The avatars can also speak regional languages and dialects, Swamy said.
Dimagi is part of a maternal health project, along with the international charity CARE, in Bihar, India, where infant and maternal mortality rates are among the highest in India, according to UNICEF.
In partnership with the Washington-based Grameen Foundation, a microfinance organization, Dimagi is putting cellphones into the hands of healthworkers to monitor pregnancies and educate expectant mothers about prenatal and neonatal care.
Not all mHealth campaigns center on maternal care. ZMQ developed a mobile program for India’s campaign against polio. Deployed in 13 high-risk districts throughout the states of Uttar Pradesh and Bihar, the mobile software is intended for use by 1,300 community healthworkers to track vaccination rounds, register vaccinated families and collect data on missing children.
What has been a paper-and-pencil operation for more than 20 years is to be digitized.
Hilmi Quraishi, a ZMQ founder, said mHealth took a Gandhian approach: “Local technology to be self-reliant.”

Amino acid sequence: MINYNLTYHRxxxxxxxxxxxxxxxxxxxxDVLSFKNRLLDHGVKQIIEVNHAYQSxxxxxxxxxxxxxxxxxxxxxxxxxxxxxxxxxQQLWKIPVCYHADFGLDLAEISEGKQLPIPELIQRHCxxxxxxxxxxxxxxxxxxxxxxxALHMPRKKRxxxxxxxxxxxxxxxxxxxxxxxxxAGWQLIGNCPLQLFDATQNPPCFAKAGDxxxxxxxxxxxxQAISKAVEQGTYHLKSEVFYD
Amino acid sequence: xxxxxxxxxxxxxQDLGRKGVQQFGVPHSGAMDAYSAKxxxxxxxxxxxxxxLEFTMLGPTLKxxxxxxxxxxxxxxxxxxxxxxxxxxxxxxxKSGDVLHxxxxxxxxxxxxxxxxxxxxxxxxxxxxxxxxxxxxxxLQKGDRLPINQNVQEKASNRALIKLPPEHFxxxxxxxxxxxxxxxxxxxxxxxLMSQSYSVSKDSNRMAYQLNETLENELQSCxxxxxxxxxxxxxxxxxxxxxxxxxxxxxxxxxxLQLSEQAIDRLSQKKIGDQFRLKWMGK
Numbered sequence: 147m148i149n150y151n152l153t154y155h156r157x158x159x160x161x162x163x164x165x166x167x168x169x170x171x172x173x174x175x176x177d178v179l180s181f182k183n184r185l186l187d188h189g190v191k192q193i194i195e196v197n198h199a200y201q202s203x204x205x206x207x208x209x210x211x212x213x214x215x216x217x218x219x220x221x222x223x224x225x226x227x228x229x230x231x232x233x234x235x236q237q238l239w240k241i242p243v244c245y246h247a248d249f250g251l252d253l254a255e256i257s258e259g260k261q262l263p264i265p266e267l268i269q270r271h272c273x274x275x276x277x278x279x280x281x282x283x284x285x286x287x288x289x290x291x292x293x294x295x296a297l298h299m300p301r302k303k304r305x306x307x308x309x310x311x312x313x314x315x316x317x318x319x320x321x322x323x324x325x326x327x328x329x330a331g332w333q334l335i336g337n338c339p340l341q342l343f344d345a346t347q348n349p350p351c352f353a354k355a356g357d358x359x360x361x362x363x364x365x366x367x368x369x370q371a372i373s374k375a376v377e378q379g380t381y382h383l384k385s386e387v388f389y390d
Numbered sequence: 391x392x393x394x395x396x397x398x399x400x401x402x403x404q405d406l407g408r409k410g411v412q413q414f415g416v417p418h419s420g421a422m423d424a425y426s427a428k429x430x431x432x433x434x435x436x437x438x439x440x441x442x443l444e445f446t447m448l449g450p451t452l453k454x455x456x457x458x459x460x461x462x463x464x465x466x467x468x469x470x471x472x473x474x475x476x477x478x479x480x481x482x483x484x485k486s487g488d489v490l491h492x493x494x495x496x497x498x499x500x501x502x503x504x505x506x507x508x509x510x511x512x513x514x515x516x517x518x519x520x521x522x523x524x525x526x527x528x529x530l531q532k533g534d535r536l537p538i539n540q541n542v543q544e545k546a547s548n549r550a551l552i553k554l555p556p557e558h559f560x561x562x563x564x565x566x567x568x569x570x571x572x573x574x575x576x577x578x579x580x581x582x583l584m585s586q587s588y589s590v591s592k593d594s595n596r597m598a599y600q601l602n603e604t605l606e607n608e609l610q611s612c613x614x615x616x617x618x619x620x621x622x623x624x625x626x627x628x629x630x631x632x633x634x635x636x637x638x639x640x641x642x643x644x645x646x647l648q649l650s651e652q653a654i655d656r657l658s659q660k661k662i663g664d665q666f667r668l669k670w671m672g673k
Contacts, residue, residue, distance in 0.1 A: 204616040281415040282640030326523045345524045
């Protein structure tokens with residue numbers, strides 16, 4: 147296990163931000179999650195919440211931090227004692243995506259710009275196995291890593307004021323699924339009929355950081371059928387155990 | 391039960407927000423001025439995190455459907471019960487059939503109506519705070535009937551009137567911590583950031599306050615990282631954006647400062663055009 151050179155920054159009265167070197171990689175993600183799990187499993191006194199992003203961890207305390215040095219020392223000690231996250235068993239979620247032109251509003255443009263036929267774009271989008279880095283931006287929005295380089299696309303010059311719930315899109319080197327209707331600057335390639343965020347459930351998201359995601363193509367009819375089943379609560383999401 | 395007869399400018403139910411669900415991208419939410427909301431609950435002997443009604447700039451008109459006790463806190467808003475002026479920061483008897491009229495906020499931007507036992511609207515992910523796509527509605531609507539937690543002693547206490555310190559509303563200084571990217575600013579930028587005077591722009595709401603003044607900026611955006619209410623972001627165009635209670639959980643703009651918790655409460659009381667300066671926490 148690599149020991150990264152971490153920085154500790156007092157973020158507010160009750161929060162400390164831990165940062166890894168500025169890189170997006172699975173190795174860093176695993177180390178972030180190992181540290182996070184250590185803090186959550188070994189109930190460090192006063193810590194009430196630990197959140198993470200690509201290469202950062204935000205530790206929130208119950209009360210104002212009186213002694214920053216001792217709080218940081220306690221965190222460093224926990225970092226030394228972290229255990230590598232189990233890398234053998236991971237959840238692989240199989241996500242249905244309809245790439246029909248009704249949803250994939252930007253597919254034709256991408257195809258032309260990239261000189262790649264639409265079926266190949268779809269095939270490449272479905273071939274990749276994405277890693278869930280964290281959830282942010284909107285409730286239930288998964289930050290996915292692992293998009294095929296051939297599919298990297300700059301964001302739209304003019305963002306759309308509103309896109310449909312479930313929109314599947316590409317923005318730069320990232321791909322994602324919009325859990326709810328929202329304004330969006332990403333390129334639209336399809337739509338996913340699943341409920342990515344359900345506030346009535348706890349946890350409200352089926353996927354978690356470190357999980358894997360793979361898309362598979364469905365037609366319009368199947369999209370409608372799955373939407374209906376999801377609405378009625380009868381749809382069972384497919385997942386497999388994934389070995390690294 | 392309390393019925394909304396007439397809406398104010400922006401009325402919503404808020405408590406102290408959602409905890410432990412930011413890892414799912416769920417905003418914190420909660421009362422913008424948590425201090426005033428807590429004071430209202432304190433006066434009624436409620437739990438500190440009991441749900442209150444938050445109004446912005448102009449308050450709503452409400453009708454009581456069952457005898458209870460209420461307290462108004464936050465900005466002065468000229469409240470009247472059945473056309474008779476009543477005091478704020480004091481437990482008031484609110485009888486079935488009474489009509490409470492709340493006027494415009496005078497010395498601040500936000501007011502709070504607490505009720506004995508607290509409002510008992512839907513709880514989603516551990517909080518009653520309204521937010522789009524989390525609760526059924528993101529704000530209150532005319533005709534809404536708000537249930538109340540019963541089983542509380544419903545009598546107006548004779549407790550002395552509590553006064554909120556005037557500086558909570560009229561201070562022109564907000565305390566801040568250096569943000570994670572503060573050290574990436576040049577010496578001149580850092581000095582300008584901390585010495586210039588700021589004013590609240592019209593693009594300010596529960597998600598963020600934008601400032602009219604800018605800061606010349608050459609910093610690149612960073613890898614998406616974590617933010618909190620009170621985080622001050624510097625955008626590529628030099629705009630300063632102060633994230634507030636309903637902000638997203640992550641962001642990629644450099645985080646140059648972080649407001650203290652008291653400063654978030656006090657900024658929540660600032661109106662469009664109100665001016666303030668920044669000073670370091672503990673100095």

To avoid dependence on donor funding, some initiatives have taken a more businesslike approach. While these may be called companies, their bottom line extends beyond profit, putting them in the category of social enterprises.
mHealth service mDhil founder Nandu Madhava is skeptical of governmental and nonprofit projects, dismissing them as bureaucratic and lacking strong technical talent.
MDhil operates on a subscriber model: For one rupee, a user gets three health-related messages via mobile text. In the last year, Madhava has branched out to focus on health videos.
He says that “Android handsets have become very affordable for the poor” and that customers can be reached through more sophisticated means than simply text messaging.
Rajesh Sawhney agrees. He set up the Global Superangels Forum, a venture capital fund, to invest in mobile technologies that have social impact. DhilCare, one of its startups, performs electrocardiogram testing remotely and transfers the results through 2G networks to cardiologists for diagnosis.
Numbers tell the story: India has 6,200 cardiologists, but needs about 60,000 to serve all of its citizens. To reach more people, cellphones connect urban doctors with rural patients.
Gray Ghost Ventures managing director Arun Gore said an impact investing fund in Atlanta, said he had decided to support mDhil because mobiles “remain among the fastest-growing sectors globally.”
Still, Gore cautioned, the cellphone should be viewed as a facilitator, not a foolproof solution.